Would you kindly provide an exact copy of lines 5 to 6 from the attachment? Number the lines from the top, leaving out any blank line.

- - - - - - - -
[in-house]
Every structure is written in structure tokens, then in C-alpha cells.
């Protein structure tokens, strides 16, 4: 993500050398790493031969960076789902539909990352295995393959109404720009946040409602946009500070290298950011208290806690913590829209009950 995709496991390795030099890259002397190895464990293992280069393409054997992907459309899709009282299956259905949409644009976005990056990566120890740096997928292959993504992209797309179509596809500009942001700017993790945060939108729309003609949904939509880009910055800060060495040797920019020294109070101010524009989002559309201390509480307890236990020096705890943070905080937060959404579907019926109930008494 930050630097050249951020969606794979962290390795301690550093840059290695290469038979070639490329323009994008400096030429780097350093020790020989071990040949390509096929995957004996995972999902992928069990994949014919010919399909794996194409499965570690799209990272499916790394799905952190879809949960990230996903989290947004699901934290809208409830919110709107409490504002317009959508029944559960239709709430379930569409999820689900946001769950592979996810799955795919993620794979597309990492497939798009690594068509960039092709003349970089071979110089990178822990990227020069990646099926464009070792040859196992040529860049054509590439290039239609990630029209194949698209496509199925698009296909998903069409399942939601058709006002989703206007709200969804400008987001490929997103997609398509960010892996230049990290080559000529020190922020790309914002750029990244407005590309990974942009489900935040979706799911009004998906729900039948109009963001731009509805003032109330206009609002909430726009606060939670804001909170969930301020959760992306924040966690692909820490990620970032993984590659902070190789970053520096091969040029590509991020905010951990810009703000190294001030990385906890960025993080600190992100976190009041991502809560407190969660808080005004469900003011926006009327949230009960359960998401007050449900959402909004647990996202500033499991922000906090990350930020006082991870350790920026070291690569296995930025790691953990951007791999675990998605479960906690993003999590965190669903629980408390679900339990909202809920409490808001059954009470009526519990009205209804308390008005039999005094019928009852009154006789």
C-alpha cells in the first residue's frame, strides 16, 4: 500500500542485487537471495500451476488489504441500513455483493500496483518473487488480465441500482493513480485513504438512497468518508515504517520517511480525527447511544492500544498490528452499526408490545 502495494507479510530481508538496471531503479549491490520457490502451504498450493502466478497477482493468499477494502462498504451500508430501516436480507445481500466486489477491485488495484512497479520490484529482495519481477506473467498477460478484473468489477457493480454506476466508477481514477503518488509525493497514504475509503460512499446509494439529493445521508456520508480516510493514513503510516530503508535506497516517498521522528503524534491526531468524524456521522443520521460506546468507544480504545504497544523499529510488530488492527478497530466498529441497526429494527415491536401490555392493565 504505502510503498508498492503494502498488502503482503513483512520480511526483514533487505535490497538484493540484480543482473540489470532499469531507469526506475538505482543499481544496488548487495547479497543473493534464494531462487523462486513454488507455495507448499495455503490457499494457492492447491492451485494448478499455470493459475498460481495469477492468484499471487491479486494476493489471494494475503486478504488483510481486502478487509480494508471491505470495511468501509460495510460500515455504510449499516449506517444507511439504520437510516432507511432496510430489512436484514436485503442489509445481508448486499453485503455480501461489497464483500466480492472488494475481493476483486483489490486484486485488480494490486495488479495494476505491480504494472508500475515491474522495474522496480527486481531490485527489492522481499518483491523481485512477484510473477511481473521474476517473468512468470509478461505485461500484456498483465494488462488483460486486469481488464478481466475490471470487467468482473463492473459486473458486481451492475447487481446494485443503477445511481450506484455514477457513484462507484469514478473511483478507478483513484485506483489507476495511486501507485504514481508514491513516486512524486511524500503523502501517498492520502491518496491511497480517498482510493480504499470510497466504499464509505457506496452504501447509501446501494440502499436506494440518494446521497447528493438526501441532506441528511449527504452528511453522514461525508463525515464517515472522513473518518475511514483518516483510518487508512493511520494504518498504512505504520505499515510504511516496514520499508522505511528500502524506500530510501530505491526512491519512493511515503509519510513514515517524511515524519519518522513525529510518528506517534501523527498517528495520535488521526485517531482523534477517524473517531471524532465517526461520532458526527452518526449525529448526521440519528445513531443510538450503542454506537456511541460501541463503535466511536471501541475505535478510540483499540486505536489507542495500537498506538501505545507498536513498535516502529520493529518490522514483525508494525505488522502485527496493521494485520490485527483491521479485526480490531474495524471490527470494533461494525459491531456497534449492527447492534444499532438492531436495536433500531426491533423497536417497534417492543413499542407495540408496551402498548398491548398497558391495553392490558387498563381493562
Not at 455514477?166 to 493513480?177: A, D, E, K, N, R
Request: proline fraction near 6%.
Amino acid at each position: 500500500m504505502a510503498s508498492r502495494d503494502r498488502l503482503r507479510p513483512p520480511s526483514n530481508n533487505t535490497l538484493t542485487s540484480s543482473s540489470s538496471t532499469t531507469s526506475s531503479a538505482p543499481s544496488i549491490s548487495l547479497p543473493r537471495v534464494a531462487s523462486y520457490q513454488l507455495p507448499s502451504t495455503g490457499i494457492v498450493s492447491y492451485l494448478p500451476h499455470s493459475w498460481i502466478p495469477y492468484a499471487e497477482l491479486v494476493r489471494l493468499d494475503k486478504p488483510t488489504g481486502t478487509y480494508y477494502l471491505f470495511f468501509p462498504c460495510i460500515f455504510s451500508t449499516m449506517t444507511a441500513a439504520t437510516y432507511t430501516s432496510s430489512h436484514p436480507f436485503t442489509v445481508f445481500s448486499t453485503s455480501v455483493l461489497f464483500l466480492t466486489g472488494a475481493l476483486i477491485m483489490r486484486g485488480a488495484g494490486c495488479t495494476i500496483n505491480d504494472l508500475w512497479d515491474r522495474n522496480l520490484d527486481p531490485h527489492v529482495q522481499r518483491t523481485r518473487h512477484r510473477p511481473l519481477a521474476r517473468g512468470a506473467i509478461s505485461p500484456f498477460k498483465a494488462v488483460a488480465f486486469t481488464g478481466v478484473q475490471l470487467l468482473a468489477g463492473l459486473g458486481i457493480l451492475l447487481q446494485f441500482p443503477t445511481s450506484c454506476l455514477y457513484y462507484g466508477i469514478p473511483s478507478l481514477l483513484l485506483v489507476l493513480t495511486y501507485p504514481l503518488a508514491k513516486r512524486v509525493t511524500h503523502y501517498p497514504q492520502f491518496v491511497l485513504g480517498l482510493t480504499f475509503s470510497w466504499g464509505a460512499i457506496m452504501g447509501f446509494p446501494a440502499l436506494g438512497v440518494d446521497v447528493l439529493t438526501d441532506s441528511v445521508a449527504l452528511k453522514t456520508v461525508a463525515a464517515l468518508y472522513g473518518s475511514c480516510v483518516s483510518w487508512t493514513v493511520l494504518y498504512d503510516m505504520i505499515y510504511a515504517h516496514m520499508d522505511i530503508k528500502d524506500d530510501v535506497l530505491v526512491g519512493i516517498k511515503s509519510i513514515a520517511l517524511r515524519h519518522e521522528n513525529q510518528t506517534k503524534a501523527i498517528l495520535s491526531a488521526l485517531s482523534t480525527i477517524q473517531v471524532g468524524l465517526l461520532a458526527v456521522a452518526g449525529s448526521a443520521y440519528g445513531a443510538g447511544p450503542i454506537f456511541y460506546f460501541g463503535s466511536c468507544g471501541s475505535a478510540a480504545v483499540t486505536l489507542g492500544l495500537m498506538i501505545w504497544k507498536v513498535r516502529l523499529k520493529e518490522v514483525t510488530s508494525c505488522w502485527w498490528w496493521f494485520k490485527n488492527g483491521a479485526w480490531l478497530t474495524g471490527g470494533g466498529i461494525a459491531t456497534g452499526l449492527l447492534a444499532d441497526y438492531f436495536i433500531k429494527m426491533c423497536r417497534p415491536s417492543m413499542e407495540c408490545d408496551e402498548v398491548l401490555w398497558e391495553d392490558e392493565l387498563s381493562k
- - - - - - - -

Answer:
Not at 455514477?166 to 493513480?177: A, D, E, K, N, R
Request: proline fraction near 6%.